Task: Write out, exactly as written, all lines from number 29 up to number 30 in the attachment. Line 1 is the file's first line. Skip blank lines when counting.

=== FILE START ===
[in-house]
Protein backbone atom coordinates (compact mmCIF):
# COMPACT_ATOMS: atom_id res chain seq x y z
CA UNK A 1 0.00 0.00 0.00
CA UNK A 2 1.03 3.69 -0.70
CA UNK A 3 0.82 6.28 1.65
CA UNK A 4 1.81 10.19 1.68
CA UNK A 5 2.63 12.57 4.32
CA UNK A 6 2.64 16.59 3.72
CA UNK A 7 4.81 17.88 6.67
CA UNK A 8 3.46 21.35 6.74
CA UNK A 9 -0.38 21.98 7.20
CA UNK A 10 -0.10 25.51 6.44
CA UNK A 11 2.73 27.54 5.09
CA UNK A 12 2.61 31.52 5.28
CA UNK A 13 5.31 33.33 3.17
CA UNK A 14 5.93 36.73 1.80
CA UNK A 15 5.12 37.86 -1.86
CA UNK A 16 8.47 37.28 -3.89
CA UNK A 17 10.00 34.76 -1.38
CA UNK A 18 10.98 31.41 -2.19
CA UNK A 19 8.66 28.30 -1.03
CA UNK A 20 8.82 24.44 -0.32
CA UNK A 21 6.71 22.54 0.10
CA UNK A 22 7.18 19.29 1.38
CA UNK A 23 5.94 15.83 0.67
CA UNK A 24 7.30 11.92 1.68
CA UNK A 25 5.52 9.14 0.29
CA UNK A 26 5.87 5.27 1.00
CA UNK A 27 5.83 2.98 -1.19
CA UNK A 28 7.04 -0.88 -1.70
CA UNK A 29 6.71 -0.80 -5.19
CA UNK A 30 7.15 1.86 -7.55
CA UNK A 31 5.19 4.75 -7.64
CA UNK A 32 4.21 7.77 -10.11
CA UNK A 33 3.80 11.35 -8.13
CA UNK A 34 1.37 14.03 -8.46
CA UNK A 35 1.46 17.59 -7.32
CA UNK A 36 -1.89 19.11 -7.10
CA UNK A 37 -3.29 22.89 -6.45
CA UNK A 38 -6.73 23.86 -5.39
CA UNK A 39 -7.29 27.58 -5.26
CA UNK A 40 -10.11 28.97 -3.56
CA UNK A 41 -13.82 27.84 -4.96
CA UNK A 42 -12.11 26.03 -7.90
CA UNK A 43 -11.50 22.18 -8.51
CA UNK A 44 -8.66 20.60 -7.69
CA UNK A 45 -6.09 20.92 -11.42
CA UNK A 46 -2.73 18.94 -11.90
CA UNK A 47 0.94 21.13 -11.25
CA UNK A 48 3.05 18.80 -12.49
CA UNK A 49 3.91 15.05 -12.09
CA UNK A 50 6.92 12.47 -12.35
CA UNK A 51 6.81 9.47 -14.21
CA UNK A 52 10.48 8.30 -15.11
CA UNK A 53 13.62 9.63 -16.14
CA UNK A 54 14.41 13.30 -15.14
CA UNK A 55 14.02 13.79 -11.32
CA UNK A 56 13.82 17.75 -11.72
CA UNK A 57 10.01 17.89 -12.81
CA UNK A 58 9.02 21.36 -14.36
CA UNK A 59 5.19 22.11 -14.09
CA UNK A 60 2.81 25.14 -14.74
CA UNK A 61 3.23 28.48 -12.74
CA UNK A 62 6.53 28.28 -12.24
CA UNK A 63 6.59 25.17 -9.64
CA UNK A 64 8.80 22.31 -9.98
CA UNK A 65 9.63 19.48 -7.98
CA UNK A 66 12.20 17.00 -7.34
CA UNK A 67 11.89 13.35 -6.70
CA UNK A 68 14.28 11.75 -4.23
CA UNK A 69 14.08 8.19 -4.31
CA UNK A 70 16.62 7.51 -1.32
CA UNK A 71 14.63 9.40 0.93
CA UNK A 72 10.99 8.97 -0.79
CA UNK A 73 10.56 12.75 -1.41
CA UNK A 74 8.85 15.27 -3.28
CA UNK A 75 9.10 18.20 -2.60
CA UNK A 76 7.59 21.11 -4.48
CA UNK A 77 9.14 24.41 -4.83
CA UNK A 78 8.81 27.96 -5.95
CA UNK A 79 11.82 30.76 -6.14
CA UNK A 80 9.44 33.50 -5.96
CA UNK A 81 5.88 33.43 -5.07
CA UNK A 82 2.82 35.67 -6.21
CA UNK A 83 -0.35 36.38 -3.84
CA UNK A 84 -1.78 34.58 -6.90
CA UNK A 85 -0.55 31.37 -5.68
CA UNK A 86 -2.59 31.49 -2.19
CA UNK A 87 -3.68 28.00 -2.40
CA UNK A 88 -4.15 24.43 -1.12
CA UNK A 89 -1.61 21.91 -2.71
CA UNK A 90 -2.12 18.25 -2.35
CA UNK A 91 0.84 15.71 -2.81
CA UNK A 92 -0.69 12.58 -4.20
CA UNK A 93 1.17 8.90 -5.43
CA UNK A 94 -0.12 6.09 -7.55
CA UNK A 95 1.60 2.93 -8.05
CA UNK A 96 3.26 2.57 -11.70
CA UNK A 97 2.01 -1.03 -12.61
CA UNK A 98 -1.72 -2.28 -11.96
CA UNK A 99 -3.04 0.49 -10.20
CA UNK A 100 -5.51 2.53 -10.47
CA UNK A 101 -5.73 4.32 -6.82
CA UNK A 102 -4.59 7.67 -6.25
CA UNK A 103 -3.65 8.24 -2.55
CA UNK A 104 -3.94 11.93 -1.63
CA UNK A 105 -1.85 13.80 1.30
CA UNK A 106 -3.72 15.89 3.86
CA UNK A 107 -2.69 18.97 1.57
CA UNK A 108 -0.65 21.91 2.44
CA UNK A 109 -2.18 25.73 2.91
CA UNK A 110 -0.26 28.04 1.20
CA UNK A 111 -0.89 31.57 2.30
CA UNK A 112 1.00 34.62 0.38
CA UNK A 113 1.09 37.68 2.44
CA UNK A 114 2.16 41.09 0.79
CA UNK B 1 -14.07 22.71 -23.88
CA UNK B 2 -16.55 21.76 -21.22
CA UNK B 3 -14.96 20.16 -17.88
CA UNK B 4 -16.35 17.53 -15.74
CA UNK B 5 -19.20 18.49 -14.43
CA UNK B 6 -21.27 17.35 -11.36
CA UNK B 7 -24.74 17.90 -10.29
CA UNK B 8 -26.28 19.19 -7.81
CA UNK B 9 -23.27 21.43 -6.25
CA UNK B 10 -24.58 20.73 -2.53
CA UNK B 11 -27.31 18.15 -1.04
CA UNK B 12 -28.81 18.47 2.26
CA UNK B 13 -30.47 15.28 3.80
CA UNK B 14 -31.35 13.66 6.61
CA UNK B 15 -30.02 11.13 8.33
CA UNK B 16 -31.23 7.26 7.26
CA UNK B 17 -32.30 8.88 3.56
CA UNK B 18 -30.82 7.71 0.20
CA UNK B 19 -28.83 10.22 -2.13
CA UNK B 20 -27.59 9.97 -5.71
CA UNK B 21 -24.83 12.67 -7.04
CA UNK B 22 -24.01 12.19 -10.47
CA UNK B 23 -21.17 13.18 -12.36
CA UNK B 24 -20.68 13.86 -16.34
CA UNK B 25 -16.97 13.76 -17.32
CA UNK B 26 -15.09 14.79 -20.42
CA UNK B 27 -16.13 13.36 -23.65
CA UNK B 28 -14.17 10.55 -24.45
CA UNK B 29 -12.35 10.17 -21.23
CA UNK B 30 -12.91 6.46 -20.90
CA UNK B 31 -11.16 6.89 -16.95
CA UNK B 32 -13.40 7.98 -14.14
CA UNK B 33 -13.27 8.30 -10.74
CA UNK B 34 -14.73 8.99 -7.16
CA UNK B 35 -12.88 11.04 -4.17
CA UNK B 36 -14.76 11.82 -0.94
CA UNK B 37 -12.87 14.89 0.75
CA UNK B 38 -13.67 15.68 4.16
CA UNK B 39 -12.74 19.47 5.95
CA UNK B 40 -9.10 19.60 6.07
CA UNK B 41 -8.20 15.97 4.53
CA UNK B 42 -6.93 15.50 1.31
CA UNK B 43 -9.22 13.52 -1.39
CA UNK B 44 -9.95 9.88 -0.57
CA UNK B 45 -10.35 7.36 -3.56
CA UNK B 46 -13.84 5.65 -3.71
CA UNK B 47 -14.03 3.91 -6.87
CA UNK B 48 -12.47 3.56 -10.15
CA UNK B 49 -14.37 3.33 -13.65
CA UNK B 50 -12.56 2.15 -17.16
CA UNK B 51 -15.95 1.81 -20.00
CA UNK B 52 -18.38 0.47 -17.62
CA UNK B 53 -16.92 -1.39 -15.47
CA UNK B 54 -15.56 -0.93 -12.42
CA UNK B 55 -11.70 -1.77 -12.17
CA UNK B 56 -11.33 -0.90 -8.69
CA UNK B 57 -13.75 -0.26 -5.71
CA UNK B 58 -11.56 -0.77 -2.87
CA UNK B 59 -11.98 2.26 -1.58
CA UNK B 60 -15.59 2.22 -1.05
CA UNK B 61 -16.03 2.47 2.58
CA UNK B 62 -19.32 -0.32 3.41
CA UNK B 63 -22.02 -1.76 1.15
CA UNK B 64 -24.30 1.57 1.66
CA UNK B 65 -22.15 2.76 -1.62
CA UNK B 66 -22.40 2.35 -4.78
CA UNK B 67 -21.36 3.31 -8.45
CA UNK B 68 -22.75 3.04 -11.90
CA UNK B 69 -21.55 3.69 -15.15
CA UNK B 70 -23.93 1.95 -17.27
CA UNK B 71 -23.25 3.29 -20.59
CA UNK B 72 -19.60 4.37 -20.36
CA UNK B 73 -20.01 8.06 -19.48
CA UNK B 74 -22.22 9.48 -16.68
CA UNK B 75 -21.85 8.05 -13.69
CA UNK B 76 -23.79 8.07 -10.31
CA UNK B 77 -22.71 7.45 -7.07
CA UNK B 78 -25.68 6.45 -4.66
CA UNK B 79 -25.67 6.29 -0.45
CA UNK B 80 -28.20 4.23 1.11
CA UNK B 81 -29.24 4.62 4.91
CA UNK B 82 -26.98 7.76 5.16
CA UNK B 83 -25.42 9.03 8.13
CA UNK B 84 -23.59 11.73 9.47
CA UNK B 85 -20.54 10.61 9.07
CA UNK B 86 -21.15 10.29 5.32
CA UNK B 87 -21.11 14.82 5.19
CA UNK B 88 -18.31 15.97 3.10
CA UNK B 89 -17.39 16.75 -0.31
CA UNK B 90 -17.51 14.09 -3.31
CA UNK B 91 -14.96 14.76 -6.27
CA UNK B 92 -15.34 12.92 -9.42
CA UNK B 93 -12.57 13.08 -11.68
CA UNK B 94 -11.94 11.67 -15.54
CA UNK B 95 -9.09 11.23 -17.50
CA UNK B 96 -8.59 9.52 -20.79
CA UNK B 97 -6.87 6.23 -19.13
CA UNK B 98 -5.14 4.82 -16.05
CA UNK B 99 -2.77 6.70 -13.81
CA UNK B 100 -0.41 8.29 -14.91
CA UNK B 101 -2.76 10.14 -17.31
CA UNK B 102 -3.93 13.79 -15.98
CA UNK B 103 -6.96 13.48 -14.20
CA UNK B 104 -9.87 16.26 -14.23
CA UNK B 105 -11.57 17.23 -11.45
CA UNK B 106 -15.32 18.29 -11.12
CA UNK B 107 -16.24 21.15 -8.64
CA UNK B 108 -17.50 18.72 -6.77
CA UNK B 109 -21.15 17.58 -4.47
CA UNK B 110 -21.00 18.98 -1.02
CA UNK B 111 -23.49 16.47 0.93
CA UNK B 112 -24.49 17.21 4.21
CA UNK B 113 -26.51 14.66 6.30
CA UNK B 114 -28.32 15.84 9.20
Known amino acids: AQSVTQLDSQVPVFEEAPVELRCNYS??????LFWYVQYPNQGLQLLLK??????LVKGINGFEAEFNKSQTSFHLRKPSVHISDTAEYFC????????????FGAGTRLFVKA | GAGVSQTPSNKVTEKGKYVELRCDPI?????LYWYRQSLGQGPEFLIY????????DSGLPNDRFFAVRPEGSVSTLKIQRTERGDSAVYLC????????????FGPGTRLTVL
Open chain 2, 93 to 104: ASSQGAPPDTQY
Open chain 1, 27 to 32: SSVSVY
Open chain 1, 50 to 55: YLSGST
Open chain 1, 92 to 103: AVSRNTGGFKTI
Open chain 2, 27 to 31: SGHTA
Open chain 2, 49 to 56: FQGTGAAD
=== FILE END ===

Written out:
CA UNK A 26 5.87 5.27 1.00
CA UNK A 27 5.83 2.98 -1.19